Businesses and consumers have learned that sustainable development or "green technology" results in both environmental protection and economic growth. And with some help from EPA, college students around the country are also catching the "green wave." Fifty-eight university teams were awarded $580,000 in EPA grants to work on sustainable solutions for environmental problems.
Students at Keene State College in New Hampshire will create a "closed energy loop," where biodiesel fuel is both manufactured and used within the same community. The fuel is made from waste grease generated within the community and then will be used to power local public fleets. The University of North Carolina at Chapel Hill team will develop an inexpensive technology that people can use to test for bacteria and viruses in drinking water in the Dominican Republic, Cambodia, and South Africa.
Since 2004, the People, Prosperity and the Planet (P3) sustainability design competition has encouraged university teams to design and develop projects that:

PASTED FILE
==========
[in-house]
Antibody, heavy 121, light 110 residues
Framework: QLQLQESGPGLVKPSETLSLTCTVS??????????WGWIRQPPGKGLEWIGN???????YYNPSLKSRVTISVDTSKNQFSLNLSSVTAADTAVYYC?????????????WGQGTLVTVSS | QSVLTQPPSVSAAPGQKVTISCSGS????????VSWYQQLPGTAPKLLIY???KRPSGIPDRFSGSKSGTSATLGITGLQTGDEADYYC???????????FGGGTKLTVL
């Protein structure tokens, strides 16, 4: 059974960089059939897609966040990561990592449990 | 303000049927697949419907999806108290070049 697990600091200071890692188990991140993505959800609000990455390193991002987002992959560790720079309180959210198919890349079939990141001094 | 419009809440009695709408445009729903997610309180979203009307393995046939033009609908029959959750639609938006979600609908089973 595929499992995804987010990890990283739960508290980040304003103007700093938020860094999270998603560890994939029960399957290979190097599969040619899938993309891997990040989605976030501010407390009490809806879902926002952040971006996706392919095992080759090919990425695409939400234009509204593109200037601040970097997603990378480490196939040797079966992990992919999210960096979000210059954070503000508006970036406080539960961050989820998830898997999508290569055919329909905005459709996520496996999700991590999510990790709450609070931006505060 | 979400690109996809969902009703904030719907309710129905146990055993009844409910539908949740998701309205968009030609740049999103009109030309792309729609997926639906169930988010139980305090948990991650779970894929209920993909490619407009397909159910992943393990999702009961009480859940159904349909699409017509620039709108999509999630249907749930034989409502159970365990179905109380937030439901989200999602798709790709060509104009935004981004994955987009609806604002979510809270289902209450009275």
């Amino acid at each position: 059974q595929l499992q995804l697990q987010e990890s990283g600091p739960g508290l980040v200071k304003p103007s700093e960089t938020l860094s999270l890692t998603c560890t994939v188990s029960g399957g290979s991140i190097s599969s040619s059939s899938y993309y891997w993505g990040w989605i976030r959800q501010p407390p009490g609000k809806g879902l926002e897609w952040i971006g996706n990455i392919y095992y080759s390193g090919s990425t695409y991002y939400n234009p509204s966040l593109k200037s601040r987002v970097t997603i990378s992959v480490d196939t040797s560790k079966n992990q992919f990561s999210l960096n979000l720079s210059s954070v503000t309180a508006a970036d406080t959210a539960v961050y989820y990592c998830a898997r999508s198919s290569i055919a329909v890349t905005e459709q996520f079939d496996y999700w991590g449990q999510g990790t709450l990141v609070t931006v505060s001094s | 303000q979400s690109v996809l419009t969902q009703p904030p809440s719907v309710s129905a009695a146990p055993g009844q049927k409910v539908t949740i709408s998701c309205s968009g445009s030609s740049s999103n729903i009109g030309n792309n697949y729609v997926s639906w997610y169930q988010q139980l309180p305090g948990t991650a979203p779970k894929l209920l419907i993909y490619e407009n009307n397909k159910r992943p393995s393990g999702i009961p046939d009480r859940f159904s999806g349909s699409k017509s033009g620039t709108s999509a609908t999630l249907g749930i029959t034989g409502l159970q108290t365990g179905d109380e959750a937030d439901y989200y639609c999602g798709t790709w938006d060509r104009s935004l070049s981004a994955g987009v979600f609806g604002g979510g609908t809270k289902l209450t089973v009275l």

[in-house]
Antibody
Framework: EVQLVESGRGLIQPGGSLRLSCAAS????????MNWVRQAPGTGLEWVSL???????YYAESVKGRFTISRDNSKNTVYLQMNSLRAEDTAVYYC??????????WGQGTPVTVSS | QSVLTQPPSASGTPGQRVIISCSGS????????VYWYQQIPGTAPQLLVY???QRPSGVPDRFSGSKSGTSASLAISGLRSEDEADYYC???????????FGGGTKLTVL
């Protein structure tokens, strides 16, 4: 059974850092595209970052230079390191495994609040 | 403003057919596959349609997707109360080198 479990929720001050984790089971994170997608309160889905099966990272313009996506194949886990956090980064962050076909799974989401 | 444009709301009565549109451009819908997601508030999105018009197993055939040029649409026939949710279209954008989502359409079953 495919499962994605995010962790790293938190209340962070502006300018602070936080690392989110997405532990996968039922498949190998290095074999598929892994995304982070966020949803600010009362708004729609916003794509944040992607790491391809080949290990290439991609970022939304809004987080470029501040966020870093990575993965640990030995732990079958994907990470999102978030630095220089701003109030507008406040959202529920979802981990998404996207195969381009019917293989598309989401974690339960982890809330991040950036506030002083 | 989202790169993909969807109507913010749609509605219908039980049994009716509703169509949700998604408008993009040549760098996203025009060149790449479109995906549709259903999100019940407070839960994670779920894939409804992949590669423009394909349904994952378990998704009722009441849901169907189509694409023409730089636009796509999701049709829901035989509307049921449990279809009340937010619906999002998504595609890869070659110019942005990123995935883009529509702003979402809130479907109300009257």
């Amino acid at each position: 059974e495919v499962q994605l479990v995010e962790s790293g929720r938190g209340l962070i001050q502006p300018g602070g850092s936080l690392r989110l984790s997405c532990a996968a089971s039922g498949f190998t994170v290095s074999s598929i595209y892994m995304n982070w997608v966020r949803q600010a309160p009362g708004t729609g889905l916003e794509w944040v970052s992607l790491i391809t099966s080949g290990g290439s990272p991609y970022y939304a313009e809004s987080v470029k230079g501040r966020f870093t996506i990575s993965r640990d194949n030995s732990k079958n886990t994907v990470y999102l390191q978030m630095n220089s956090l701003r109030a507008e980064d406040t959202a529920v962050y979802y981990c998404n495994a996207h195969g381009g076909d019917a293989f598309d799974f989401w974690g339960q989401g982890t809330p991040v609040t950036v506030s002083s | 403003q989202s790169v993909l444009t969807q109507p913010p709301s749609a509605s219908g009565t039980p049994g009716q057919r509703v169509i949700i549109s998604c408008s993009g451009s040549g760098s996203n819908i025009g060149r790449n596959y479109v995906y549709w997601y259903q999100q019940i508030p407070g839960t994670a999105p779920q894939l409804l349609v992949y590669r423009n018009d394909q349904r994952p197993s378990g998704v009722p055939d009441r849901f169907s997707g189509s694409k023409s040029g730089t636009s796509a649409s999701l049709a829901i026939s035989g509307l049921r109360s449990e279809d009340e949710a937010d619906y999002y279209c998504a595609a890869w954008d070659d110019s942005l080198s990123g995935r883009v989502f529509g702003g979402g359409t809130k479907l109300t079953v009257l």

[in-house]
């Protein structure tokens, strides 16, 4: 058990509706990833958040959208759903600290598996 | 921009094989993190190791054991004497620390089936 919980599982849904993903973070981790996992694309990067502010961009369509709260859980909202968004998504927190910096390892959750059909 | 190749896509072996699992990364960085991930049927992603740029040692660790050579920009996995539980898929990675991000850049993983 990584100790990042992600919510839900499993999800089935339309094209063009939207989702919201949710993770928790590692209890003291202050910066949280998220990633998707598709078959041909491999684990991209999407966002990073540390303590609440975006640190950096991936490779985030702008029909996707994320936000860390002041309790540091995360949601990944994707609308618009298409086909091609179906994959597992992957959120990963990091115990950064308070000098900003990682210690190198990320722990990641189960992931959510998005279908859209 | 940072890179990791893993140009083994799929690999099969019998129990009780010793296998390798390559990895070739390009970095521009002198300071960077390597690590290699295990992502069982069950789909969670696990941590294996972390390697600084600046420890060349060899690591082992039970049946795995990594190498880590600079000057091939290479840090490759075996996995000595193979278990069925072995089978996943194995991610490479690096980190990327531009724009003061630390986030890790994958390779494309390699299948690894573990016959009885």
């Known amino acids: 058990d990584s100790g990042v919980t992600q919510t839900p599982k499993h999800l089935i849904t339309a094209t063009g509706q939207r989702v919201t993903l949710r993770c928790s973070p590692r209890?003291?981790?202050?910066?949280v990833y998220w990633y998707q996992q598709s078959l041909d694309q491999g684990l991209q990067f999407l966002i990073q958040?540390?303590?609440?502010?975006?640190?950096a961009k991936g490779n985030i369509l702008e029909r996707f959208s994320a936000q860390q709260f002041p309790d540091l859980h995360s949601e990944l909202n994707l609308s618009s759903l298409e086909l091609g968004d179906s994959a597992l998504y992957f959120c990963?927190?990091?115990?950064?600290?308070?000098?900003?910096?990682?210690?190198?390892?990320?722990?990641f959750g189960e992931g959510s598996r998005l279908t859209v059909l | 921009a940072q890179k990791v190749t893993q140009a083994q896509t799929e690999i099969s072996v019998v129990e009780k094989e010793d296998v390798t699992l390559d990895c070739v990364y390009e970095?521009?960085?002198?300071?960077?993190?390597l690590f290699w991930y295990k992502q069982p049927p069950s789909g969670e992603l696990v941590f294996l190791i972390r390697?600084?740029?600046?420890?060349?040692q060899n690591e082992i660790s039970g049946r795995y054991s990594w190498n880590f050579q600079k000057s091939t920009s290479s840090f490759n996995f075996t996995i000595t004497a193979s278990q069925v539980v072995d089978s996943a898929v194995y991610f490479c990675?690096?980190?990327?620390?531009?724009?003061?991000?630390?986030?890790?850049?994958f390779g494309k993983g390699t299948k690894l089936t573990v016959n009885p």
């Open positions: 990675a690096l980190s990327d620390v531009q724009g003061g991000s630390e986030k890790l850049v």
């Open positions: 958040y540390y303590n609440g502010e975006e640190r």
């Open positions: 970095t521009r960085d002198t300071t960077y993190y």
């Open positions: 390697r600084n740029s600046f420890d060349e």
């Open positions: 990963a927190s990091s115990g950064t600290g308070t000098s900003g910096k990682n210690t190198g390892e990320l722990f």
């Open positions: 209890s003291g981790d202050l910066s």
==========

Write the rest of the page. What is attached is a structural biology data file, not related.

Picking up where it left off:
- Benefit People by providing healthier home and work environments
- Promote Prosperity by developing local economies and creating small businesses, and
- Protect the Planet by conserving resources and minimizing pollution.
"We want to tap the enthusiasm and knowledge of the next generation of scientists, engineers and decision-makers to make the world a better place," said George Gray, assistant administrator for the Office of Research and Development. "And we're succeeding. Past P3 projects have become new commercial ventures. The P3 competition has created several small businesses that are helping promote sustainability in India, South America, Africa, and the U.S."
A student from a former P3 team from Oberlin College is now the owner of a center that sells general energy efficiency supplies, runs a shop where cars are converted for vegetable oil use, and serves as a hub for energy-related educational initiatives. This unique resource center also plans to begin retail sales of ethanol and various biodiesel blends at the pump and run a biodiesel production coop using a bike-powered processor.
These student projects will be demonstrated on the National Mall in Washington, D.C., on April 20-22, 2008, when the 58 new teams will compete for EPA's P3 Awards. The P3 awards are given to the six highest-rated student designs and include additional funding up to $75,000 for the teams to further develop their designs, test their projects in the field, and move them to the marketplace.